Alex Beadon 18:56
I said, it’s a commitment.

Asia Croson 18:58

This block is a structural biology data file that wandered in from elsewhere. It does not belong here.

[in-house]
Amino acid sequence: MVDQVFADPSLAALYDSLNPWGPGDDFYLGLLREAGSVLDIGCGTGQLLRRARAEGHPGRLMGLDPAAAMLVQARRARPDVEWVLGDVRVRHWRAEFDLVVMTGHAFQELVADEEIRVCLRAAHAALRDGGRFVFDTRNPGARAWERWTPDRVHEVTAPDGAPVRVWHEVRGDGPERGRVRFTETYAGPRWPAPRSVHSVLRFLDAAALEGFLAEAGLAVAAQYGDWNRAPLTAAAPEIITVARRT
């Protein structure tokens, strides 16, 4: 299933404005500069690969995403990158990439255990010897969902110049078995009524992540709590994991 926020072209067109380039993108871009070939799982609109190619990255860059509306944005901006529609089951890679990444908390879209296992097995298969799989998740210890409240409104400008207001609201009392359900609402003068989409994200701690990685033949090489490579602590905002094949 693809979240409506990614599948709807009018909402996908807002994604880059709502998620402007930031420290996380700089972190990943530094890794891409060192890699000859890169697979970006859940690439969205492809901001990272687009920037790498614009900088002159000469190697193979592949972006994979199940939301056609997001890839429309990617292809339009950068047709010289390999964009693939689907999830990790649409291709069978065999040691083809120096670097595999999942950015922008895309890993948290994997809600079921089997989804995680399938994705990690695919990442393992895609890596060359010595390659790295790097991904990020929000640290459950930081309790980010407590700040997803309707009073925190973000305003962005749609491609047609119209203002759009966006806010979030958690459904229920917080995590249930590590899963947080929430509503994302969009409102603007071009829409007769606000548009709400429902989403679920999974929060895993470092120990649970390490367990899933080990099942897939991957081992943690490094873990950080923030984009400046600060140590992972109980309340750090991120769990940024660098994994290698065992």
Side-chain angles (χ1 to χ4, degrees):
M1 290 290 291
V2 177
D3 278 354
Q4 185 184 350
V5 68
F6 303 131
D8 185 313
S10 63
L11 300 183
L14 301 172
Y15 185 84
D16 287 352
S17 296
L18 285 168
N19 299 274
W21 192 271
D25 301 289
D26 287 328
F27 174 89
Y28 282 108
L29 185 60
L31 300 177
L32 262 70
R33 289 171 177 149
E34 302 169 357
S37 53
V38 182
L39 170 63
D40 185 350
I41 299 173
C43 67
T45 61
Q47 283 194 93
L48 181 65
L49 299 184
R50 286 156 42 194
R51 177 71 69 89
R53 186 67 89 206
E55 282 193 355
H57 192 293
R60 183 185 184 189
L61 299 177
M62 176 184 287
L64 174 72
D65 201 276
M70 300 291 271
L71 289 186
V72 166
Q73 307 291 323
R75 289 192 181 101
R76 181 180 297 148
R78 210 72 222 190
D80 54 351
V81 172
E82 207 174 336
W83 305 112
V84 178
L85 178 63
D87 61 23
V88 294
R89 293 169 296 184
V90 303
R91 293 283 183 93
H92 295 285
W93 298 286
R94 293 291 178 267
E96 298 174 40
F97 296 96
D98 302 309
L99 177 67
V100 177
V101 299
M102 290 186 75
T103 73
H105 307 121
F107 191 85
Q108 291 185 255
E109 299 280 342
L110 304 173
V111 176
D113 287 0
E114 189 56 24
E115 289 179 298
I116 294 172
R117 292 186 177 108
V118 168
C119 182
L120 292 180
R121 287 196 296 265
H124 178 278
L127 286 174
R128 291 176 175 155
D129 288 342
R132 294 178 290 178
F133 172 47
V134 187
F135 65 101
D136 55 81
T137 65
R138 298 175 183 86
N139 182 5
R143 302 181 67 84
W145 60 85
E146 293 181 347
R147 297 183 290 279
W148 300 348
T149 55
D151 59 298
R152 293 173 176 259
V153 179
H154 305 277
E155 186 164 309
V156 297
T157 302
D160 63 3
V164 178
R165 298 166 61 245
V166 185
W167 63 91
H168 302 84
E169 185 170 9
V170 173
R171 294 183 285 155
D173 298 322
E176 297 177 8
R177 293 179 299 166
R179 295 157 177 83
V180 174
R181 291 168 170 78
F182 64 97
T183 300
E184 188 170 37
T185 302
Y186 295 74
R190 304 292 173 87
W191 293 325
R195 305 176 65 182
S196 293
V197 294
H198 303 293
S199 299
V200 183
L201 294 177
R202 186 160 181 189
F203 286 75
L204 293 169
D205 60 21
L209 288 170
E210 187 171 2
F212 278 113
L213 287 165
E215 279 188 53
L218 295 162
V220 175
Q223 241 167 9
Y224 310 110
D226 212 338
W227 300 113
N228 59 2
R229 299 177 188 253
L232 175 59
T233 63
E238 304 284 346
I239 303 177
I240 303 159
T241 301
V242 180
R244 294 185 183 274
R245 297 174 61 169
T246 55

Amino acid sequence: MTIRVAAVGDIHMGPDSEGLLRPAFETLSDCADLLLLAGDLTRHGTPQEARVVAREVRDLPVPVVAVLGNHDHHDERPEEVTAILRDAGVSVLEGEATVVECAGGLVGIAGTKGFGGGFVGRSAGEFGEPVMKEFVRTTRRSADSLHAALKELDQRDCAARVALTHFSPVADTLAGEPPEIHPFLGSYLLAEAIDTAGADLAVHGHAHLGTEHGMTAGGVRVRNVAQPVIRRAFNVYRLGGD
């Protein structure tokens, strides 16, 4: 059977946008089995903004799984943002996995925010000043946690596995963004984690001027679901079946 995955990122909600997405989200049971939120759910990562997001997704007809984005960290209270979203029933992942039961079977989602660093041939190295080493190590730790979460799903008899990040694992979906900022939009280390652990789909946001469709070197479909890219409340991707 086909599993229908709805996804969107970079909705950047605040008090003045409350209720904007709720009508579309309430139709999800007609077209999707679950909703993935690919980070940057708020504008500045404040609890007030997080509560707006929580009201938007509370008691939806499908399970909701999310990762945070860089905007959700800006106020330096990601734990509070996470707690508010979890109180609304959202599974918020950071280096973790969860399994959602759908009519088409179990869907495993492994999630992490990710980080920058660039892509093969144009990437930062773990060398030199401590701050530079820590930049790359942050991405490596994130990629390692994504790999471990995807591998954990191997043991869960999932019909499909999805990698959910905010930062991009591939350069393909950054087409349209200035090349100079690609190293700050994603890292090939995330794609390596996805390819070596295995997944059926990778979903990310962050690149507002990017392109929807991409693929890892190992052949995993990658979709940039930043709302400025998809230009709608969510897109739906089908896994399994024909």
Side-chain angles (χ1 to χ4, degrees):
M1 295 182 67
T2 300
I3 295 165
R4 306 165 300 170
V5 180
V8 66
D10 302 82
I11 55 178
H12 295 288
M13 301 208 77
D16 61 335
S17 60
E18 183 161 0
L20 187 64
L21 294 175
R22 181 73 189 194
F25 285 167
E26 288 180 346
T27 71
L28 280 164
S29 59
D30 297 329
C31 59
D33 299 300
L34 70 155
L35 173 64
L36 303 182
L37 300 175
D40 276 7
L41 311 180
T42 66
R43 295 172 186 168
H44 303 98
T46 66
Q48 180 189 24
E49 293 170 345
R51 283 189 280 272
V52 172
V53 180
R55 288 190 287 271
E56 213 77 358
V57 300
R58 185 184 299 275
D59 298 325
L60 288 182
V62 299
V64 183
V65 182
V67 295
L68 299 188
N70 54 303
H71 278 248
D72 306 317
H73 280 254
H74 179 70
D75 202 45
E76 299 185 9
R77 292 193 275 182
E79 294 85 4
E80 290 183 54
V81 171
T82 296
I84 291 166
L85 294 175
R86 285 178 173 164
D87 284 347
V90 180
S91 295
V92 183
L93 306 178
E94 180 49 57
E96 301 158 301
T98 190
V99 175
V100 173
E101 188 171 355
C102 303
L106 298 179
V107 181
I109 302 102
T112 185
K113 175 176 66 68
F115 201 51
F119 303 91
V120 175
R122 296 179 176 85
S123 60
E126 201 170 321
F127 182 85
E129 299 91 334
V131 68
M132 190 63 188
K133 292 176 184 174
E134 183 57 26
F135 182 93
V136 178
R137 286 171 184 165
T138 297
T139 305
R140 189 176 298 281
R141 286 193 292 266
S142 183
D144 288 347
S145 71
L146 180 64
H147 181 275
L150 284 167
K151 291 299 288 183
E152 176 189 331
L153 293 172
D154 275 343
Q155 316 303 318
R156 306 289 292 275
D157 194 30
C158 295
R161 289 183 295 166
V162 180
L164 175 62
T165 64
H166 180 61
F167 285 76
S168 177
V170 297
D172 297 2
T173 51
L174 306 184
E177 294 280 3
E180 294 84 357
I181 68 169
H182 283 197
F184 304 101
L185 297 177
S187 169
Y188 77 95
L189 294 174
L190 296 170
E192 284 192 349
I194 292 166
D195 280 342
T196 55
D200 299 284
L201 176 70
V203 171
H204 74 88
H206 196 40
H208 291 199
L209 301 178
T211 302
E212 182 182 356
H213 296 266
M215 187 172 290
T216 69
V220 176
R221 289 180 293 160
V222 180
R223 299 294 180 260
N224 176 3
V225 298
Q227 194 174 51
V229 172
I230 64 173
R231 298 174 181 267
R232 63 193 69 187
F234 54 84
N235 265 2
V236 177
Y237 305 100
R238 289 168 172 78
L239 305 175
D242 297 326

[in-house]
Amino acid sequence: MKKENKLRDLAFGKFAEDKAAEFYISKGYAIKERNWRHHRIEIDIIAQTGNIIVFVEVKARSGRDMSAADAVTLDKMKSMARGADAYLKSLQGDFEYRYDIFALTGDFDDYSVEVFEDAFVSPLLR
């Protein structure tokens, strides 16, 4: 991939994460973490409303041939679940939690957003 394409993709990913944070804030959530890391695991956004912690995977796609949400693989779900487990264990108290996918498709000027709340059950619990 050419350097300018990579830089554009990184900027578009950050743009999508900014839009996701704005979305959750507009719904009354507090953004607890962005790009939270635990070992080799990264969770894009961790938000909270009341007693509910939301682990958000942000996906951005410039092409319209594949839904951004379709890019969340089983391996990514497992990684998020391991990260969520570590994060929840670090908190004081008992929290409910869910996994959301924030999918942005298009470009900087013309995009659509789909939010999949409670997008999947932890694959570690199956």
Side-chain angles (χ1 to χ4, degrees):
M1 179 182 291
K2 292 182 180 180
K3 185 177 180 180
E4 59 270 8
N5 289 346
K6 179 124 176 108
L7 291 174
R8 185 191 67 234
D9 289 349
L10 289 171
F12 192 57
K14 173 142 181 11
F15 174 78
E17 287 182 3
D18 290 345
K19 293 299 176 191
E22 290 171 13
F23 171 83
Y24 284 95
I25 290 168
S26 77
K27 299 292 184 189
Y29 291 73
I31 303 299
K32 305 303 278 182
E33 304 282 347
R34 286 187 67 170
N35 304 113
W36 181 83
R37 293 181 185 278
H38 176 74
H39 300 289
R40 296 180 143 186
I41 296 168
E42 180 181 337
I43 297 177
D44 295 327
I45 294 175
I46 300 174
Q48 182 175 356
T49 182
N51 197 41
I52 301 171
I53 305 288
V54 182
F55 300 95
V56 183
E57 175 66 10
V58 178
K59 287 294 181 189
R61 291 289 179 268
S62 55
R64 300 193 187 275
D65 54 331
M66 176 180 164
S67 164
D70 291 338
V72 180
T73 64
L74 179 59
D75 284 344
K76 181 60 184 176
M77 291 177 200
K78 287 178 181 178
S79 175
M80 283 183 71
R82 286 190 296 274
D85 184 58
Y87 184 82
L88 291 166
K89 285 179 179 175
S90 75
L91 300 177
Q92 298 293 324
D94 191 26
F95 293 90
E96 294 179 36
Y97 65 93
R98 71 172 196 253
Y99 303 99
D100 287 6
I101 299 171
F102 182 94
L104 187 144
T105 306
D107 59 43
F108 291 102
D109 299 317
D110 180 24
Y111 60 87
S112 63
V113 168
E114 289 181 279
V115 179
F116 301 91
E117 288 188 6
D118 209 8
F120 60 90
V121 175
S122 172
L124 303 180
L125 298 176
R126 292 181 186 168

Yeah, I totally is, oh my gosh, it’s such a blimp and I loved it. It was like it almost felt like more of a hobby. And it was so super fun. But then Snapchat came along and I was like, oh my goodness, I have like there’s all the cumbersome. pneus of it is now gone, I can just record it and then upload it immediately and no editing and no file saving and no exporting and importing. And it was like such a game changer for me. And it was really natural for me to share my life and my day on there almost immediately. And I remember in the beginning people would and I don’t think about it that much. I think that I have like a very thick skin against haters. I was bullied a lot when I was younger. So I think I’ve kind of just like learn to tune them out. But in the beginning people would always like make fun of me about like, oh, here we go again. You’re just gonna Snapchat like your walk to Starbucks and Oh, guess what, you’re at Starbucks again, or like whatever. And I’m like, Well, you’re the one watching. You don’t have to like every day like you know that I go to Starbucks every single day like you watch me enough to like be bothered by my ritual. Like I’m so sorry about that. Like don’t watch it. It’s not my problem. Um, but some people have asked me like, oh, you put yourself out there so much online? Do you know what do you how do you handle the haters? And I’m like, I’m do I don’t know, I’m sure I have any. But I don’t honestly don’t see them. Like, they don’t bother me. But so Snapchat was going great. And it was really being it was a huge part of my business. And I had once I started getting using a CRM, what is that called? Or a client management system? Yeah. I would ask people like, how did you hear me or what, what inspired you to choose me as your photographer, and so many of them would say that I follow you on Snapchat. And I thought that was so interesting, because the big difference between Snapchat and Instagram is, of course, not being able to upload photos that weren’t taking live. And so something I’ve done with Instagram has been able to put the actual photos peppered in with the behind the scenes. With Snapchat, I couldn’t do that. So I truly didn’t show off my work on Snapchat, people weren’t people were just seeing behind the scenes, they weren’t really seeing the actual photos, my actual work, which is what you would think, would make clients hire whoever it is. So not, that is so not true. I that is not true in any way, shape, or form. People wanted to get photographed by me, because they knew me like me, and trust me, and they wanted to be around me. And that’s what the experience they wanted to get their photos done. And now it’s so much easier with Instagram, because I can show off my work in addition to what it’s like to work with me, but it was it just really reaffirmed for me that I need to just be myself on Snapchat and or on whatever putting myself out there. And that will attract the right people to me. And also needs to do it in abundance, because I don’t know who’s paying attention and when they’re paying attention. And if I just like throw glitter up in the air, eventually I’ll catch something. And so doing it everyday consistently has been a huge game changer for my business. So Snapchat, then moved over to Instagram, I was incredibly resistant to moving to making the change because I had been doing Snapchat for like four or five years, consistently, it was like Snapchat queen. But I’m loving Instagram. Now it’s so different for sure. Like there’s so many like, psychological reasons. It’s such a different experience. But I’ve gotten a new routine, but I don’t do it. As the day goes on. I feel like it takes too much time. So I just sit down and do it for like 45 minutes at the end of my day, typically is what I do. And I don’t talk to the camera as much as I used to, which I’m kind of sad about I really miss doing that. So actually today a little bit I did but yeah, I used to talk to the camera all day. It was like a daily vlog but Instagram. So different, little more aesthetic. So working on the transition, but it’s going very well.